This Nevada Senator is Taking On Racial Ad Targeting
Photo Credit: LAS VEGAS, NV - OCTOBER 07: U.S. Sen. Catherine Cortez Masto (D-NV) speaks at the culmination of a faith unity walk, held to help the community heal after Sunday's mass shooting, at Las Vegas City Hall on October 7, 2017 in Las Vegas, Nevada. On October 1, Stephen Paddock killed at least 58 people and injured more than 450 after he opened fire on a large crowd at the Route 91 Harvest country music festival. The massacre is one of the deadliest mass shooting events in U.S. history. (Photo by Ethan Miller/Getty Images)

This Nevada Senator is Taking On Racial Ad Targeting

Nevada Senator Catherine Cortez Masto has introduced a data privacy bill tackling racial ad targeting, The Verge reported.

The Digital Accountability and Transparency to Advance (DATA) Privacy Act  bans companies from using targeted ads discriminating against protected groups based off of race, sexual orientation, or gender.

It’s been a problem for big tech companies before, like in 2016, when ProPublica found Facebook let advertisers exclude users based on their race.

ProPublica purchased an ad in Facebook’s housing categories, through the company’s own advertising portal, excluding anyone with an “affinity” for African-American, Asian-American, or Hispanic people. They then spoke to a civil rights attorney who basically told them it was a violation of the Fair Housing Act.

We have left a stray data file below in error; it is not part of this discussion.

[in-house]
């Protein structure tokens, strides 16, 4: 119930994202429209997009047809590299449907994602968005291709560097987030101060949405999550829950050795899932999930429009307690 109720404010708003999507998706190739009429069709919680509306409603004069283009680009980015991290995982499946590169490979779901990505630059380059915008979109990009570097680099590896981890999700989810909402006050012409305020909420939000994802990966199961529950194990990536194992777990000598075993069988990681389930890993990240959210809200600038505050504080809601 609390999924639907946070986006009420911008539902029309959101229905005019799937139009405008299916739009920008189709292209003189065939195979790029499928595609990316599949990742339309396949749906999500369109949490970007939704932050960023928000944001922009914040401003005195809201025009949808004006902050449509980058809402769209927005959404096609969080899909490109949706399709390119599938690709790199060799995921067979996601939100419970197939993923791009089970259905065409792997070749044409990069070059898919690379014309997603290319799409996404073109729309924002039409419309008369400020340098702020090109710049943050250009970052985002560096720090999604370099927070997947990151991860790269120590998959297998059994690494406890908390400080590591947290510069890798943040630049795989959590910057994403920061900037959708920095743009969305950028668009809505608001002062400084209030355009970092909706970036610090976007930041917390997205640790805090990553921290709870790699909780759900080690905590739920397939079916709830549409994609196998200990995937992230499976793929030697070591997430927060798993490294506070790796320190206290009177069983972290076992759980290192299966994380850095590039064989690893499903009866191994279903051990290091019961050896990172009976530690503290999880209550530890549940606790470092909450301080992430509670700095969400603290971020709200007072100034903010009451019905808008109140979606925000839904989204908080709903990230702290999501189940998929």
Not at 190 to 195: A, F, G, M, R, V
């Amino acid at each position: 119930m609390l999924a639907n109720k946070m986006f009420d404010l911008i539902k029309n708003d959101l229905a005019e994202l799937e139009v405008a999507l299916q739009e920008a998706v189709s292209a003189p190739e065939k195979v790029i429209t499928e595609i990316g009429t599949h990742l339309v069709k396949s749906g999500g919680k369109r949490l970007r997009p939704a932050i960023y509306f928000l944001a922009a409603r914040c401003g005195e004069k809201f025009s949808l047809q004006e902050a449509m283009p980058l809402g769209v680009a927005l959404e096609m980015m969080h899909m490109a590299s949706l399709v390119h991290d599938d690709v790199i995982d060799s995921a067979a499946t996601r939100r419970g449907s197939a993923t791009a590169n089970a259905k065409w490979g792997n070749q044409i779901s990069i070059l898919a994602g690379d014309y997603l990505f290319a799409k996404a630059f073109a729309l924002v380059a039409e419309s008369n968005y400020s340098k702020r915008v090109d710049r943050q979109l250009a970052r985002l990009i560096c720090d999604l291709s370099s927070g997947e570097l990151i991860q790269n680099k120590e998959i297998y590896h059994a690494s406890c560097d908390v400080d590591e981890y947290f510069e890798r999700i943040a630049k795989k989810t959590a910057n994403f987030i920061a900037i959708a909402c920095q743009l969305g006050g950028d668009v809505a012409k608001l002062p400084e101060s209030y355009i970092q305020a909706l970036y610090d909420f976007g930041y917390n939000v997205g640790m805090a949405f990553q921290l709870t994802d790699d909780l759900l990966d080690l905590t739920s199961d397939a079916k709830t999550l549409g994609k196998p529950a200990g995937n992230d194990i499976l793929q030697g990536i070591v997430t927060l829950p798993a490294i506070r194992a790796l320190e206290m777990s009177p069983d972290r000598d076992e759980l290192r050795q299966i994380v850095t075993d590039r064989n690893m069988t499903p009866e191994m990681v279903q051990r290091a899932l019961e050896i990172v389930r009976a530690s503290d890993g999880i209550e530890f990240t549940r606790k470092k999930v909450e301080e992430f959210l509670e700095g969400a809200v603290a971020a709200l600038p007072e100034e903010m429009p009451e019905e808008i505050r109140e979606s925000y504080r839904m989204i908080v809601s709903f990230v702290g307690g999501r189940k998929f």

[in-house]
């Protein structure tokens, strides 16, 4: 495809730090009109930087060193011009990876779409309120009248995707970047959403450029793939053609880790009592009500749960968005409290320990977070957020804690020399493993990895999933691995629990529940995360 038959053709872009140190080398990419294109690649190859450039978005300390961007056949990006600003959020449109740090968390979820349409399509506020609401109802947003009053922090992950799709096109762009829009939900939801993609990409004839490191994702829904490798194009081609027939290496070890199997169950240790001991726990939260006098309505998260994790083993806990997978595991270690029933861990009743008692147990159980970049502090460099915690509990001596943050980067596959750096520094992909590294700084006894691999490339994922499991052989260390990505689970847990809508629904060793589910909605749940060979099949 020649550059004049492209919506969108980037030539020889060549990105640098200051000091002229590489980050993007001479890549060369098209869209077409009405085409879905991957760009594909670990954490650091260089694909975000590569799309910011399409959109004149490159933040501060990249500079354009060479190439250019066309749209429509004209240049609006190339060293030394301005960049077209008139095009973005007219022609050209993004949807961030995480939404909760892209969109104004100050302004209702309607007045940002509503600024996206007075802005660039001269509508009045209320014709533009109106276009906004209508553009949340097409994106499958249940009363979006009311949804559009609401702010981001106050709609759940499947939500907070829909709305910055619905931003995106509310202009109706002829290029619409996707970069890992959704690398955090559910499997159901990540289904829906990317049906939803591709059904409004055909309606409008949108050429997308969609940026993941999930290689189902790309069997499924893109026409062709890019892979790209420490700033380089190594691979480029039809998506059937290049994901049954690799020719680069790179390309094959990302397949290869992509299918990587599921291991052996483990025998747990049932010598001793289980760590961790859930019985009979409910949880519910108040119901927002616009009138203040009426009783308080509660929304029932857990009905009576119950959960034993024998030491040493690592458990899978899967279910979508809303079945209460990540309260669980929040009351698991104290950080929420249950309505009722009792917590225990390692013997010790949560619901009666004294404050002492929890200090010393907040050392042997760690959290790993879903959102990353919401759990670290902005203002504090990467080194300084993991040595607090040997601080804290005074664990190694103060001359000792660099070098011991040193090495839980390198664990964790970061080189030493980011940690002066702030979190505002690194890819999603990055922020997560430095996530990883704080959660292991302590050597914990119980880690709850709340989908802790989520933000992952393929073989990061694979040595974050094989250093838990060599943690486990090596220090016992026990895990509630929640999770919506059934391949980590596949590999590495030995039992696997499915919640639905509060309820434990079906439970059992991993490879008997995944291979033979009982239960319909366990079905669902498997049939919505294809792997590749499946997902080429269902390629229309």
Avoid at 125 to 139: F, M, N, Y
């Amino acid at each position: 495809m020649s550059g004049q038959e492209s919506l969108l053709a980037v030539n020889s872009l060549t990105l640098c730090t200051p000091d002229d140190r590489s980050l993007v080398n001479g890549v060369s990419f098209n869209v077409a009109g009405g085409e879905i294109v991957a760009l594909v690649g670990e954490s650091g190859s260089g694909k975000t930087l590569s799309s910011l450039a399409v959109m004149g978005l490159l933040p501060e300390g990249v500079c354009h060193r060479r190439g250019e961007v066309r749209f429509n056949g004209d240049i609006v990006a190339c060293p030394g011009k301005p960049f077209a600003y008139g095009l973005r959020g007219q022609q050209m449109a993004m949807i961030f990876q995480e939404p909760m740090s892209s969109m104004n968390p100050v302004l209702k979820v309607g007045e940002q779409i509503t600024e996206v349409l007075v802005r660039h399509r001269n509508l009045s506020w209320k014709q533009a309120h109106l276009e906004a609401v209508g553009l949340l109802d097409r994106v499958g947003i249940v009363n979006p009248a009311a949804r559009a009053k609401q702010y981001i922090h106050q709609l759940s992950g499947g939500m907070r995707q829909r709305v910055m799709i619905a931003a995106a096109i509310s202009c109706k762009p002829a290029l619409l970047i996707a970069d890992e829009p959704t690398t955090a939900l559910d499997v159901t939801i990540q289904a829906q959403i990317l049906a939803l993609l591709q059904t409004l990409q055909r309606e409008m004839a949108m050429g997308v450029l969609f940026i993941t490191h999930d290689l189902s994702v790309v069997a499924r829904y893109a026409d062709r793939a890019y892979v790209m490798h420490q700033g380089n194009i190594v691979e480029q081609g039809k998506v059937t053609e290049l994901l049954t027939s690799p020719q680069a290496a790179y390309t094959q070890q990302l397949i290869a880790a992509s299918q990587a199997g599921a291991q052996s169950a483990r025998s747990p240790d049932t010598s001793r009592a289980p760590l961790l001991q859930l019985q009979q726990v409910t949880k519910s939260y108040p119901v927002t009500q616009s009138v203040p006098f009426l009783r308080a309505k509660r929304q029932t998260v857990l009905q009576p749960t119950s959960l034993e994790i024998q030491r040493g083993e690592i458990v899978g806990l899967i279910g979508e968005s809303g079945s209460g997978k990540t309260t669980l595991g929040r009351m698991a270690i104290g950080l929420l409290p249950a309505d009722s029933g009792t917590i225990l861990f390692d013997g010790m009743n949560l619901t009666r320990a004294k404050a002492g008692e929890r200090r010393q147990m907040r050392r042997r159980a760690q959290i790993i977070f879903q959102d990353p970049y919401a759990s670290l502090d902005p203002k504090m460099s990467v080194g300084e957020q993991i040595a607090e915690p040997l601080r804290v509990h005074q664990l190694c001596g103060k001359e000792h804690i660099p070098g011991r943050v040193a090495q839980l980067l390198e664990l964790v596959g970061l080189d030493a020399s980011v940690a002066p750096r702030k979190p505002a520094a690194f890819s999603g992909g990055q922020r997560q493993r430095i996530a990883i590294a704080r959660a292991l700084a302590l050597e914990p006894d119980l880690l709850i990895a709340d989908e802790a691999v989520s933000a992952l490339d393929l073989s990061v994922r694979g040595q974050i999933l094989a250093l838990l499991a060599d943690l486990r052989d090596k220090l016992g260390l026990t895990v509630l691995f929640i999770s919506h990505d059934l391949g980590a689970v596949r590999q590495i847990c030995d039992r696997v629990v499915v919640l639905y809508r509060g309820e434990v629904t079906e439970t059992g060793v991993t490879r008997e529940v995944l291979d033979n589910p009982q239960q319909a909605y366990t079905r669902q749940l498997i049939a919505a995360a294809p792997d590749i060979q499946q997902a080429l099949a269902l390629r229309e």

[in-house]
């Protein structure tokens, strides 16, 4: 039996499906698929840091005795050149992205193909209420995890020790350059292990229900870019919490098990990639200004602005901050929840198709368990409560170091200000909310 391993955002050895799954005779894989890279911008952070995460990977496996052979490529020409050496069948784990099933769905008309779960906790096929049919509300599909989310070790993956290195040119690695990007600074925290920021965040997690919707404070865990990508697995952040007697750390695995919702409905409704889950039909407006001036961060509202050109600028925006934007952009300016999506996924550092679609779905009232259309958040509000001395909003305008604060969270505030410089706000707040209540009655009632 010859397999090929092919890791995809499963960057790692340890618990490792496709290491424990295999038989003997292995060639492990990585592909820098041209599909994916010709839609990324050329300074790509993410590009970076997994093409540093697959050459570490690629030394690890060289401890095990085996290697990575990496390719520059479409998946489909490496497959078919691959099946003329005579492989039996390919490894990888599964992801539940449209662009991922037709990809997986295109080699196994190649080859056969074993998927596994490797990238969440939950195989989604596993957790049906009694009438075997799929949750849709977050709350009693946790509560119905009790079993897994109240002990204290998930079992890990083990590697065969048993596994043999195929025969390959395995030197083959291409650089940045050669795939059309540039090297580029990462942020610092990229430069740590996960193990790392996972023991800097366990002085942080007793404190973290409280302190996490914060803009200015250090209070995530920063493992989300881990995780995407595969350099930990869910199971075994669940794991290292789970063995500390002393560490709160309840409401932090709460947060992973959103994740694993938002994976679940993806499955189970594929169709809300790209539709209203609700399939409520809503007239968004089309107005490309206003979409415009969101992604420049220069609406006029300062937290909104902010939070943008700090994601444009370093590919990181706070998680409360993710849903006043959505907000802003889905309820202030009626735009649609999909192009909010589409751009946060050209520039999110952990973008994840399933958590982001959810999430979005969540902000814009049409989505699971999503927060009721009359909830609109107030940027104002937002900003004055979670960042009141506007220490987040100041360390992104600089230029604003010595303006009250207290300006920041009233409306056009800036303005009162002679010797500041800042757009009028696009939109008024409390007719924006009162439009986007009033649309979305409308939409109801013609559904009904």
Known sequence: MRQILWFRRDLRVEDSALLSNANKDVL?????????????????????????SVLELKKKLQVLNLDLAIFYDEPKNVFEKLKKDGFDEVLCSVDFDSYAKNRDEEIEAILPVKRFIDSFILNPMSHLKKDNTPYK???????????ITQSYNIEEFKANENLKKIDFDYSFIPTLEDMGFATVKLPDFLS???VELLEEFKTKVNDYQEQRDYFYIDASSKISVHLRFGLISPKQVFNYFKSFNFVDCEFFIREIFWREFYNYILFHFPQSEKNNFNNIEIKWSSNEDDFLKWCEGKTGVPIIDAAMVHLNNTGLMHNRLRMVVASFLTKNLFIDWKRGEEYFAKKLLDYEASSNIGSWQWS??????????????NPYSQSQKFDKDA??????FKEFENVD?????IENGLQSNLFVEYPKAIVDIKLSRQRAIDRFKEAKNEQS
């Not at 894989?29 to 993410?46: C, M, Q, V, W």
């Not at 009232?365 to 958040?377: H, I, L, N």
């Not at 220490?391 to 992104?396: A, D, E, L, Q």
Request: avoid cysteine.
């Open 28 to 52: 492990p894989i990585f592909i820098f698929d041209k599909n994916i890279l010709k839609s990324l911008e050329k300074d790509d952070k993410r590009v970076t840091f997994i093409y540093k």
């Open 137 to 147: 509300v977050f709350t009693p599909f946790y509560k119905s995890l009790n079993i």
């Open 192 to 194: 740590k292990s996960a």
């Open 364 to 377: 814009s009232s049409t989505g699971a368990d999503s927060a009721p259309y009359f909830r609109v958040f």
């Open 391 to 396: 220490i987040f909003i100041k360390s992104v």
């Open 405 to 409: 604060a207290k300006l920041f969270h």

Now, Cortez Masto’s bill would let the Federal Trade Commission introduce specific definitions as to what’s discriminatory behavior when it comes to targeted ad and data practices. The FTC would also be able to fine companies engaging in those practices.

A spokesperson for Cortez Masto told The Verge, “The Senator is focused [on making sure] that as Congress tackles the issue of protecting Americans data privacy, our government is also guarding against potential forms of digital discrimination in areas ranging from housing and employment to lending and access to resources.”

Along with tackling racial ad targeting, the bill requires companies to collect only “reasonable” amounts of data and they must give users a way to opt out, as reported by The Hill.

“My legislation takes a proactive approach to protecting consumer data by ensuring Americans have a voice in how their consumer data is used,” Cortez Masto said, according to The Verge. “I’m proud to introduce this legislation with my colleagues and will continue this fight to strengthen consumer privacy and data security.”